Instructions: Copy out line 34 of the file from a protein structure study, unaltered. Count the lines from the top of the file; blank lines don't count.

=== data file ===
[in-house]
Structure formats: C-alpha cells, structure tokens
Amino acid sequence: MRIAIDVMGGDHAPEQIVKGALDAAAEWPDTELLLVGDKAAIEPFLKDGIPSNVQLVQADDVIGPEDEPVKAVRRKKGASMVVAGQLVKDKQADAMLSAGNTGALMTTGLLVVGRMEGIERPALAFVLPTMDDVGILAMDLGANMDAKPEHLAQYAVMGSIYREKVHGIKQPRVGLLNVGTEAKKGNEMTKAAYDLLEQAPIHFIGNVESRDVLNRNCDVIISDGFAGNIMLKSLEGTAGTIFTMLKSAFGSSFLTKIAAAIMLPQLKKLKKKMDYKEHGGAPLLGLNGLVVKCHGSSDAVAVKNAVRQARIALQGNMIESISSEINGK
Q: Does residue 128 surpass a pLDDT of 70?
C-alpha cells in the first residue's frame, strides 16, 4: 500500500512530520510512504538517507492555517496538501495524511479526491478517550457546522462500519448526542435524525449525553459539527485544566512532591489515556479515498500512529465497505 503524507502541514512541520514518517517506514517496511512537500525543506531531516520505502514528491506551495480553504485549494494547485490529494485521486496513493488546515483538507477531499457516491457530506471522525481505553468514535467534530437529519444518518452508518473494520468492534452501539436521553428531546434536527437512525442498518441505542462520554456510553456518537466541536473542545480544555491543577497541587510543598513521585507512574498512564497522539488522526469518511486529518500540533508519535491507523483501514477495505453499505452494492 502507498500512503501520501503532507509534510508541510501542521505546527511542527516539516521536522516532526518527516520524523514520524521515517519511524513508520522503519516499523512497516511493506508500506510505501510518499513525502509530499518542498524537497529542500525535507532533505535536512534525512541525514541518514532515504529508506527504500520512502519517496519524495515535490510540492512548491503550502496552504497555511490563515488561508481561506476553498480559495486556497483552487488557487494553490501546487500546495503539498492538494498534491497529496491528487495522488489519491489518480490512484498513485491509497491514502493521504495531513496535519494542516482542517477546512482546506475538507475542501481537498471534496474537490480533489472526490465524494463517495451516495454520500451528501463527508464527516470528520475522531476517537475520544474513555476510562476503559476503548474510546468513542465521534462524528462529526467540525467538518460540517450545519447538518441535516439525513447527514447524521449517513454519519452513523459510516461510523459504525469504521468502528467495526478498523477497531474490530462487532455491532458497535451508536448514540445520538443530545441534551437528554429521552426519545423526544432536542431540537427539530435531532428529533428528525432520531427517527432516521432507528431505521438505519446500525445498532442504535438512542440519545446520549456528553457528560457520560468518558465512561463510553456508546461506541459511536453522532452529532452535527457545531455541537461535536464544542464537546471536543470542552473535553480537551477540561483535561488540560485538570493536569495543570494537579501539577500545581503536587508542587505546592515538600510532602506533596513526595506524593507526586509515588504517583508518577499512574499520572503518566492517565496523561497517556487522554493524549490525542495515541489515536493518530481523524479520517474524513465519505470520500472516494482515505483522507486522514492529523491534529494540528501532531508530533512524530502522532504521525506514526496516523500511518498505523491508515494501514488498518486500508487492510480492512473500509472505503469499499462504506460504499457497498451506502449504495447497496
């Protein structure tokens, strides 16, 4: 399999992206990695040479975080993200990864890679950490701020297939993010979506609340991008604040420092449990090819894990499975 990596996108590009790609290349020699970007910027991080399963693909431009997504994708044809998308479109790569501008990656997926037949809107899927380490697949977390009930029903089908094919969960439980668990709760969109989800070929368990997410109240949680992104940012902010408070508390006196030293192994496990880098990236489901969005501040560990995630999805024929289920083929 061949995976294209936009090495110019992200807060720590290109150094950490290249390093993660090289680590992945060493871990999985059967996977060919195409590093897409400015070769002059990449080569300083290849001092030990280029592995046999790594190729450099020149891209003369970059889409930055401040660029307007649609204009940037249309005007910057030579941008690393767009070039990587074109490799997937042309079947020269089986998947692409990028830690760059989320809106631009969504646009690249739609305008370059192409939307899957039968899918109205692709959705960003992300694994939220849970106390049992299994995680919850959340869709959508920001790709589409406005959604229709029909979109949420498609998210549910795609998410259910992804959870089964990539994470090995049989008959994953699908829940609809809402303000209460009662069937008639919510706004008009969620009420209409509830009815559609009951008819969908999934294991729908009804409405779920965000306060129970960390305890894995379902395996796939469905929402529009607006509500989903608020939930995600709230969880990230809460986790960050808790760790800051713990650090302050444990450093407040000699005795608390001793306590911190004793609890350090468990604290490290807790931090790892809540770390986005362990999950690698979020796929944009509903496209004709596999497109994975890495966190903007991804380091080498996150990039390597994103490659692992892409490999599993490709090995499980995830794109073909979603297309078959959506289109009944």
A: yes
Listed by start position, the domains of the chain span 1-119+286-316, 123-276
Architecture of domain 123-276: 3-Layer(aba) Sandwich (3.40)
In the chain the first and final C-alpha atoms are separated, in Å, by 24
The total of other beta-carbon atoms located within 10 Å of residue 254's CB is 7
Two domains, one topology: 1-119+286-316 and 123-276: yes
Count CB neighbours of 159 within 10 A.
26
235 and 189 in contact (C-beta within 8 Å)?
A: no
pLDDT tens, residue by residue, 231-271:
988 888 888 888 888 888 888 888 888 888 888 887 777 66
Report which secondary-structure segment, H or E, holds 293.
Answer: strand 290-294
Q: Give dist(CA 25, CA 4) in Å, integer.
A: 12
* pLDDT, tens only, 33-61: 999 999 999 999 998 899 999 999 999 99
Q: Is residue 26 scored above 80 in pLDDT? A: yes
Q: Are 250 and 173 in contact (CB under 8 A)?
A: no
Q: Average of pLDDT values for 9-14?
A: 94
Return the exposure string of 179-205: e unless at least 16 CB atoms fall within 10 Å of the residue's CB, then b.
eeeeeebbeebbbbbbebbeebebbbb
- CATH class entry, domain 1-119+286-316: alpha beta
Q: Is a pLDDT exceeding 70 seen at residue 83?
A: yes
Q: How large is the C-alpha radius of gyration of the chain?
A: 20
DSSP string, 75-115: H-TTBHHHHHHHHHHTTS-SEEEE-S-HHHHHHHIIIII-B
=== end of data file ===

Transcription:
Q: How large is the C-alpha radius of gyration of the chain?